A new Politico/Morning Consult in-depth study of the electorate has found that there is no silent majority of hidden Trump voters. Trump voters aren’t hiding their support, and that if Republicans were counting on a silent election day wave, they’re likely to be disappointed.
The study talked to voters both online and with live interviewers to determine if people were hiding their support for Trump. It concluded that there is no social desirability effect among voters, “Overall, there is no mode effect among likely voters. Clinton leads by 5 (52-47) by phone and by 3 (51-48) online. This is an effect in the expected direction (Clinton performing better on the phone), but it’s not statistically significant.”
The study did find that more affluent and well educated Republican households were more likely to hide their support for Trump, but the idea that there is a big wave of disgruntled lower-middle class white voters who are going to rise and power Trump to the White House is false.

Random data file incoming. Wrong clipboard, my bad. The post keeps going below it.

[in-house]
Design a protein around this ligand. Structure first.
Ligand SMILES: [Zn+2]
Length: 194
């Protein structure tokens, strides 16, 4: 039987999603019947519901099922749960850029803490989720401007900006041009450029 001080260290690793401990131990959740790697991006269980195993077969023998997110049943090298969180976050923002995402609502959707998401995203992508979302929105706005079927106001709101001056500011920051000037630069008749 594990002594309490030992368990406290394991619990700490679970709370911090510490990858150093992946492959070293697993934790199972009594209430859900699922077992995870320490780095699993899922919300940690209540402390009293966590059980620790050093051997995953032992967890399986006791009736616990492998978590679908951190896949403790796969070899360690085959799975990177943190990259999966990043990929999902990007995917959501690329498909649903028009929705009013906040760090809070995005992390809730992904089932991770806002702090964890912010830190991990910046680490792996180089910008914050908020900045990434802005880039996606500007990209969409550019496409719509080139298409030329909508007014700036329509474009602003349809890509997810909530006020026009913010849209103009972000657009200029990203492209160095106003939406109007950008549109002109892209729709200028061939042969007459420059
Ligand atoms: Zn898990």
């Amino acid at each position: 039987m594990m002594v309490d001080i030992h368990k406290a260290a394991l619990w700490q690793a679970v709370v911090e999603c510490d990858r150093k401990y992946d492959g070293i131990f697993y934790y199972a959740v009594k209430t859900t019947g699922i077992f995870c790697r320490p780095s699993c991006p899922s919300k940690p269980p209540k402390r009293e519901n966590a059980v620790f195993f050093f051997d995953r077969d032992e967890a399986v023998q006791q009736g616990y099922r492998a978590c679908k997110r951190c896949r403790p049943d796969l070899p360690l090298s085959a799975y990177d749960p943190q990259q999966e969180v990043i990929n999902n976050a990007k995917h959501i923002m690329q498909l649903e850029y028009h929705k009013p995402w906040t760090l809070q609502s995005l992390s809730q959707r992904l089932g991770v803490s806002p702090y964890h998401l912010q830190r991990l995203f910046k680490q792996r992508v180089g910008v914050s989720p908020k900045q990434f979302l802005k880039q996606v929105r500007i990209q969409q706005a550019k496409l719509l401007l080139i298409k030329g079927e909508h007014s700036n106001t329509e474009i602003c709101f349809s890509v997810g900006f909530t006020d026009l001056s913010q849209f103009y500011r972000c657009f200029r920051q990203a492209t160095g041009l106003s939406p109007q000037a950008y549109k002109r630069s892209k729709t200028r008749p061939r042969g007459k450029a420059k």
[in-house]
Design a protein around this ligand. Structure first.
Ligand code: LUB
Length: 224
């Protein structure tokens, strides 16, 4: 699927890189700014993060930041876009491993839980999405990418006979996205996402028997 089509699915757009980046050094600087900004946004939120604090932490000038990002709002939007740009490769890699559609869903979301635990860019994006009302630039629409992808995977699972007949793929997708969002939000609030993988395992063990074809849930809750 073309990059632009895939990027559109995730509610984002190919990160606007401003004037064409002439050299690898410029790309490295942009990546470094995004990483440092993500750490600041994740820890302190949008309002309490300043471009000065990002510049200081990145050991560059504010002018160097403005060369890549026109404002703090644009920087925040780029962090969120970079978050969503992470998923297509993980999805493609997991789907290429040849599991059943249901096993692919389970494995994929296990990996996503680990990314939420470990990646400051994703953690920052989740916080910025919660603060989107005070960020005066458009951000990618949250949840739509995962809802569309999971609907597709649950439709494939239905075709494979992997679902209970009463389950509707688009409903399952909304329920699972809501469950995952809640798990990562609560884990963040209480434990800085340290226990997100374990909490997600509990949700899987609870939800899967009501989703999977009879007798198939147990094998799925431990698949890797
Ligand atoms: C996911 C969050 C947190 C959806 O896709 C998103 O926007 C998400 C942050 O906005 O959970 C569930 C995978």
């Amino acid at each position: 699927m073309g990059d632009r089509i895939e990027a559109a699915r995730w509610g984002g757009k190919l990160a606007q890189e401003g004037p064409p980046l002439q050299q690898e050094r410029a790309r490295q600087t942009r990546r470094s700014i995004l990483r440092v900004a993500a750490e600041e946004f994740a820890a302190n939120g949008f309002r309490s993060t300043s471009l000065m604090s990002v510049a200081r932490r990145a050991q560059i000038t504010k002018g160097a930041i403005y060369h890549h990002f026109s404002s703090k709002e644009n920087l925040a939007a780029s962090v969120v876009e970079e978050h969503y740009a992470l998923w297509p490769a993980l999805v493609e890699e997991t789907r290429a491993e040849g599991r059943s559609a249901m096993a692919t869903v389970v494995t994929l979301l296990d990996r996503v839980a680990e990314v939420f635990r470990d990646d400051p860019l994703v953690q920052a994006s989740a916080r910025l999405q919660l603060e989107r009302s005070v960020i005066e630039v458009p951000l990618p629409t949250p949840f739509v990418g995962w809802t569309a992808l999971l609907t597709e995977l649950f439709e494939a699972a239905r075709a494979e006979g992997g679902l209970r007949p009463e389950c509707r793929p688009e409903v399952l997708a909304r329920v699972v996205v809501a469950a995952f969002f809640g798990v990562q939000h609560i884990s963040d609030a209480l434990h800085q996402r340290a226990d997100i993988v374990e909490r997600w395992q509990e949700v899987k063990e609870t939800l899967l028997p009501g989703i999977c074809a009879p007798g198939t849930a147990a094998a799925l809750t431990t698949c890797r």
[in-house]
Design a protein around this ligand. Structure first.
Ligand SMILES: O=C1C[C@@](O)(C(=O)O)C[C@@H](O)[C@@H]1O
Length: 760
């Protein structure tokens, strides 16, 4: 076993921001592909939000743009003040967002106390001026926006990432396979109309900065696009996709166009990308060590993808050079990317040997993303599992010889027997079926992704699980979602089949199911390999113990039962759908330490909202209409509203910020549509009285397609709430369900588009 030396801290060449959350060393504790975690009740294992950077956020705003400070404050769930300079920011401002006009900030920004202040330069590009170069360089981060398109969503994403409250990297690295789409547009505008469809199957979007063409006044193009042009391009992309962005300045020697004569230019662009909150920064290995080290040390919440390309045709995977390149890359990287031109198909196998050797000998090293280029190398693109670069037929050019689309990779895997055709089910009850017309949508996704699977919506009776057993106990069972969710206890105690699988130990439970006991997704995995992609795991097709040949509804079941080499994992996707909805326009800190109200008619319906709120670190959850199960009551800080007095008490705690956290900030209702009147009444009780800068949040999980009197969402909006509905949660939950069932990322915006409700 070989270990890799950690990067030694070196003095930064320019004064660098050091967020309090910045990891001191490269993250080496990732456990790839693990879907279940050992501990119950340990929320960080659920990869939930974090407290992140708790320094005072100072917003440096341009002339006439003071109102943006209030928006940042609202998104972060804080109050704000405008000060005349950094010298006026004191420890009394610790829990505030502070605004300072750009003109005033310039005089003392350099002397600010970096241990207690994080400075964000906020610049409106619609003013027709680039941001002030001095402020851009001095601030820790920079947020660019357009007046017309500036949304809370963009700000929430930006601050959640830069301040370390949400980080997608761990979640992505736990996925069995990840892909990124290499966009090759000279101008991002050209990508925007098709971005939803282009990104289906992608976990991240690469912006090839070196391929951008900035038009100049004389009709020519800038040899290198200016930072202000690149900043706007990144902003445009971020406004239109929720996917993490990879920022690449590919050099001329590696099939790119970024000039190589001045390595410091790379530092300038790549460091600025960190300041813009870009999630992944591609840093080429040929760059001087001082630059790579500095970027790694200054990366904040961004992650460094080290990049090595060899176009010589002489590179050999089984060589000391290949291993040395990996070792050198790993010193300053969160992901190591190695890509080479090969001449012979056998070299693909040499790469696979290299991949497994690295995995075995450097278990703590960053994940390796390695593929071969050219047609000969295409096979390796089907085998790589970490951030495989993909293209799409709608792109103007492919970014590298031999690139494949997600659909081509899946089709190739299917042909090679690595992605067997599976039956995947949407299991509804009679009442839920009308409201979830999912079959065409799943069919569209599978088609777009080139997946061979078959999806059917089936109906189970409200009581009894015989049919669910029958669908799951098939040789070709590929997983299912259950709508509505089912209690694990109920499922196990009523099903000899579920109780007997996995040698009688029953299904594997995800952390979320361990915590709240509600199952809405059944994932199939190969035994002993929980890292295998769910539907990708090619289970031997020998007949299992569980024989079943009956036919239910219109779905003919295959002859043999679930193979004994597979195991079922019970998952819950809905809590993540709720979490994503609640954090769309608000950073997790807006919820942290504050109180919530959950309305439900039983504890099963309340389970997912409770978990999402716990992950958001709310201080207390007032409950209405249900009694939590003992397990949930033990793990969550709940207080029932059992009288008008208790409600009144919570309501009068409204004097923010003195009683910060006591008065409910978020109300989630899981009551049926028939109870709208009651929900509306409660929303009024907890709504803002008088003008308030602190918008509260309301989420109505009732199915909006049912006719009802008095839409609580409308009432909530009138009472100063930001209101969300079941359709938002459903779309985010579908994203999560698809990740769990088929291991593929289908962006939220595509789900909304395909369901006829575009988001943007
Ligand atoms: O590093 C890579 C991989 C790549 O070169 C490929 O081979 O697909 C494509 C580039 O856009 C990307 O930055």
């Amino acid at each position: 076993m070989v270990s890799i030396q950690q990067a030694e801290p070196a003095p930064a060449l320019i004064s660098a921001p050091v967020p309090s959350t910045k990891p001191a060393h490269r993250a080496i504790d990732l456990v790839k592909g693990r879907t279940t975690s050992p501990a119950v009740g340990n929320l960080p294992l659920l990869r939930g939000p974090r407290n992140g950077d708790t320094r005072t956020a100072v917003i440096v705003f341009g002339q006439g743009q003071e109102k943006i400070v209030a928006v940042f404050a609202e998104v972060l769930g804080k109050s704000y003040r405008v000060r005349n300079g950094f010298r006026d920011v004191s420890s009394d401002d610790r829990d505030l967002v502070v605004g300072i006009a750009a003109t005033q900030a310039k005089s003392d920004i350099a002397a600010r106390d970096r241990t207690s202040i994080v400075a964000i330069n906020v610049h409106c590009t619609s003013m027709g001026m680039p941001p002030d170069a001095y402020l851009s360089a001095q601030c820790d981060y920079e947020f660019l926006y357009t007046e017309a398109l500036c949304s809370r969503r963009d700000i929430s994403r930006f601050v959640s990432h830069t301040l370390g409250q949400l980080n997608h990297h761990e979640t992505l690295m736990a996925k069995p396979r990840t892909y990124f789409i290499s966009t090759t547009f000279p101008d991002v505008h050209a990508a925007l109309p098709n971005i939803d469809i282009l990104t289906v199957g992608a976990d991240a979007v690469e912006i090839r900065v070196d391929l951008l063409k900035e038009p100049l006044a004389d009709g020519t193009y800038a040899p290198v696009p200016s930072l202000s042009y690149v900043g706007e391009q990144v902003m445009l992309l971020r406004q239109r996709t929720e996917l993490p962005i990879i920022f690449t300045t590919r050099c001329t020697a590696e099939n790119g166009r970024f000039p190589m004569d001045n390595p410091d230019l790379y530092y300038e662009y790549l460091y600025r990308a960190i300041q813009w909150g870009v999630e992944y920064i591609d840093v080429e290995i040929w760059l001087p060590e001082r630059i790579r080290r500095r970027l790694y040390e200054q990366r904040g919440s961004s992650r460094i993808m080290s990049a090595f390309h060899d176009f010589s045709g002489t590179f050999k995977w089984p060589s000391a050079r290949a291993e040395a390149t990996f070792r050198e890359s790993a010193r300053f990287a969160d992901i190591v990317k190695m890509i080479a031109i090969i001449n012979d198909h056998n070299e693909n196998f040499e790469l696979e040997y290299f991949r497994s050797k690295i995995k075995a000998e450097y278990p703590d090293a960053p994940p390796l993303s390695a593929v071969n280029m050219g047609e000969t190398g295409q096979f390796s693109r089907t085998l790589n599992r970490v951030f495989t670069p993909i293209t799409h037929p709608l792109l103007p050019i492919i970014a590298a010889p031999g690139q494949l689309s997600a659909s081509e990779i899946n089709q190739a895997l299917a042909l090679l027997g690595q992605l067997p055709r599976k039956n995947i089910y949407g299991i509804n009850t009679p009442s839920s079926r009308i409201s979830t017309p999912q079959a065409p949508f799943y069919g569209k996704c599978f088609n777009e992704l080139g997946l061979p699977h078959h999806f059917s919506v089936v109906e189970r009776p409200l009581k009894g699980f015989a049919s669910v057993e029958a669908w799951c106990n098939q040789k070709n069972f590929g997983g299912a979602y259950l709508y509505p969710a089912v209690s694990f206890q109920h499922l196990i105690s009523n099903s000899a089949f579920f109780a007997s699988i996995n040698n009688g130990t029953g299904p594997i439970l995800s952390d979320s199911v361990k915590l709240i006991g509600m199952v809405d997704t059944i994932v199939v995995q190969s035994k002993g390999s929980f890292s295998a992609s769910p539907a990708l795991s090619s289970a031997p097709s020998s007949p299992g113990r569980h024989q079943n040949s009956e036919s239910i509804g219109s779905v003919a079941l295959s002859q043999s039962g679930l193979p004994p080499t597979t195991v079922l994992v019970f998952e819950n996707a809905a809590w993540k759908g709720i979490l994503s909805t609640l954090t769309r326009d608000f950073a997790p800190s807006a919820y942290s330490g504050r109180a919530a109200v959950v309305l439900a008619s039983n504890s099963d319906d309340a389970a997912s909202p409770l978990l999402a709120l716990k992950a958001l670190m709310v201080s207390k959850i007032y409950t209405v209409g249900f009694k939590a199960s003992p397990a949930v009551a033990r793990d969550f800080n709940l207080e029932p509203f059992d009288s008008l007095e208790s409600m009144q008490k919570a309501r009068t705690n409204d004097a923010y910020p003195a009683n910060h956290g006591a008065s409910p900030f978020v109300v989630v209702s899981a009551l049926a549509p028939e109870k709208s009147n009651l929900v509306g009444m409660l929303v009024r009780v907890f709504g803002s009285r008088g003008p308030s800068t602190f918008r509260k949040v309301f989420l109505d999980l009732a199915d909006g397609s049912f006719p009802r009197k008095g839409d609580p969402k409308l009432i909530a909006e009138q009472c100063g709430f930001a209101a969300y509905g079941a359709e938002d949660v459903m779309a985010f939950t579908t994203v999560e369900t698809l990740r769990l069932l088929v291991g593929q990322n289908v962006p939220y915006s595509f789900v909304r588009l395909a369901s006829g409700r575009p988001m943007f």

There are affluent and well-educated Republicans who don’t want their Republican friends to know that they are supporting Trump. This dynamic helps to explain the tightening of the polls. Many Republicans were always going to support Trump. They just didn’t want to say it out loud.
The number of Never Trump Republicans might be exaggerated, but the reality is that Donald Trump still lacks the level of support needed to win the White House.
There is no hidden Trump vote. There are no shy Trump voters. It is just the Republican Party, and the shrinking GOP tent has proven in previous years that it lacks the numbers needed to win a presidential election.
Mr. Easley is the managing editor. He is also a White House Press Pool and a Congressional correspondent for PoliticusUSA. Jason has a Bachelor’s Degree in Political Science. His graduate work focused on public policy, with a specialization in social reform movements.
Awards and Professional Memberships
Member of the Society of Professional Journalists and The American Political Science Association